Horror Drive-In: Seems Like Old Times

 

I readily admit that I spend much of my horror ruminations on days gone by. Many consider the 1980s to be the Golden Age of Horror. It was an unparalleled time of creativity and fun in the genre. Horror fiction was going crazy, with many old masters still crafting great stories, and brash newcomers were shaking the foundations of traditional horror storytelling.

And the movies. So-called serious fans bemoaned the many sequels and horror comedies that flourished, but I loved almost all of them.

I never forsook my horror obsession, but it’s hard to maintain enthusiasm and a fresh outlook after decades of indulgence in this stuff.

Lately, however, I’ve felt some of the old magic. Things are going ridiculously well in my personal life, and that helps. And there are other specific elements that have brought out the boyish excitement back to my life.

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Grady Hendrix’s We Sold Our Souls is the closest thing to a real Splatterpunk novel I’ve read in years. Of course we all know that the name, Splatterpunk, was mostly a joke, but there is validity to the era’s importance in the history of the field.

Splatterpunk wasn’t merely excessive violence. There was as much heart as there were guts in the works of John Skipp, Craig Spector, and David J. Schow. These guys never shied away from extreme situations and descriptions in their fiction, but it was more about attitude than vivisection.

We Sold Our Souls may not be a great novel, but it is almost unbelievably clever. The novel pulses with dark humor and outrageous scenarios, but in the end it’s surprisingly moving. Well, probably not so surprising to those who’ve read Hendrix’s previous novel, My Best Friend’s Exorcism.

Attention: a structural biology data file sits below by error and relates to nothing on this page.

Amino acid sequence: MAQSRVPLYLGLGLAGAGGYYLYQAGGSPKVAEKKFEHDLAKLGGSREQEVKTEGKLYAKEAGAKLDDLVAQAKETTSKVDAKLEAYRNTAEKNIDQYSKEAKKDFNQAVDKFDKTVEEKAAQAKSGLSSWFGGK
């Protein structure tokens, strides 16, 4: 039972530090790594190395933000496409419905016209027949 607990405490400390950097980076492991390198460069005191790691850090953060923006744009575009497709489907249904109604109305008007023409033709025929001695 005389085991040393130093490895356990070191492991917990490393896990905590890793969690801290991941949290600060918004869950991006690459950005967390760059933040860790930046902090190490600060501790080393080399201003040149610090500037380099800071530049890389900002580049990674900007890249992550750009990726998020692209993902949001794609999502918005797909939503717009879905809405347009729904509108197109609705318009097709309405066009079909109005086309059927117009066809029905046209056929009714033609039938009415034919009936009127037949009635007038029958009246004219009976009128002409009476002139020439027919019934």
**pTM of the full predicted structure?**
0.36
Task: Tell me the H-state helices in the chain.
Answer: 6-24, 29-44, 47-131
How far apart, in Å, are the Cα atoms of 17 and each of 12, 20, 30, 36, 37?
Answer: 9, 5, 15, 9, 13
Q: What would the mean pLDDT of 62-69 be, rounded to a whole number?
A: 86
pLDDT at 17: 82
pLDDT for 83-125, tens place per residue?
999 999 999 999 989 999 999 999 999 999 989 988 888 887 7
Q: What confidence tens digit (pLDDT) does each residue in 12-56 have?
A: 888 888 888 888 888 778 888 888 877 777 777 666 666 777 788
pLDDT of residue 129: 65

I raced through We Sold Our Souls in near-record time, and I’m not even a Metal fan. Balancing humor, horror, and authentic emotion is a tricky prospect, but Grady Hendrix pulled it off magnificently. Again.

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When fans talk about the legendary directors of modern horror, names like Carpenter, Cronenberg, Craven, Hooper, Raimi, Romero come up immediately. I think that sometimes Don Coscarelli gets unfairly forgotten. It’s a pity, because Phantasm is easily one of the genuine masterpieces of the genre. Much has been written about the man and his movies, most notably in the Phantasm Exhumed books, but now Coscarelli gives his own perspective and tells his tale in his recently published memoir, True Indie.

True Indie is another book I raced through, and Coscarelli comes across as an exceedingly good guy, with boundless energy and enthusiasm for his movie projects. Unlike most of the other Big Names, Coscarelli never really made the big time with a big budget and a major studio project. And despite the pratfalls that befell him along the way, maybe that has been for the best. Most of the other names I dropped did their best work with humble casts, crews, and budgets.

I saw Phantasm in the late seventies, but I revisited it on videocassette time and time again in the eighties. Then there was Phantasm 2, which was easily the best sequel, and arguably a better picture than the original. This is undoubtedly due to the biggest budget Coscarelli ever had for a Phantasm production.

I also loved a cool little 1988 action picture Coscarelli made called Survival Quest.

Don Coscarelli’s wit, charm, and determination are inspiring, and I recommend True Indie to all horror fans, and to anyone with any interest whatsoever in independent film.

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While browsing in the horror section of a comic store I frequented in the eighties, I found a magazine called Deep Red. It was spearheaded by one Chas Balun, whose name was very familiar to me from Fangoria and Gorezone magazines. Deep Red was harder-edged than those magazines, and Balun and his team were uncompromising in their passion and dedication for no-holds barred horror cinema. Sure, they loved the classics, but these guys championed hardcore gory movies, with Italian productions at the forefront of the coverage.

I was immediately consumed by Deep Red, and I bought every issue before its unfortunate demise. I had, and I maintain, absolute respect for the Deep Red Splat Pack, even while I didn’t always agree with them. Heck, I liked some things they railed against, like Texas Chain Saw Massacre Part 2. I even kind of liked Return of the Living Dead 2.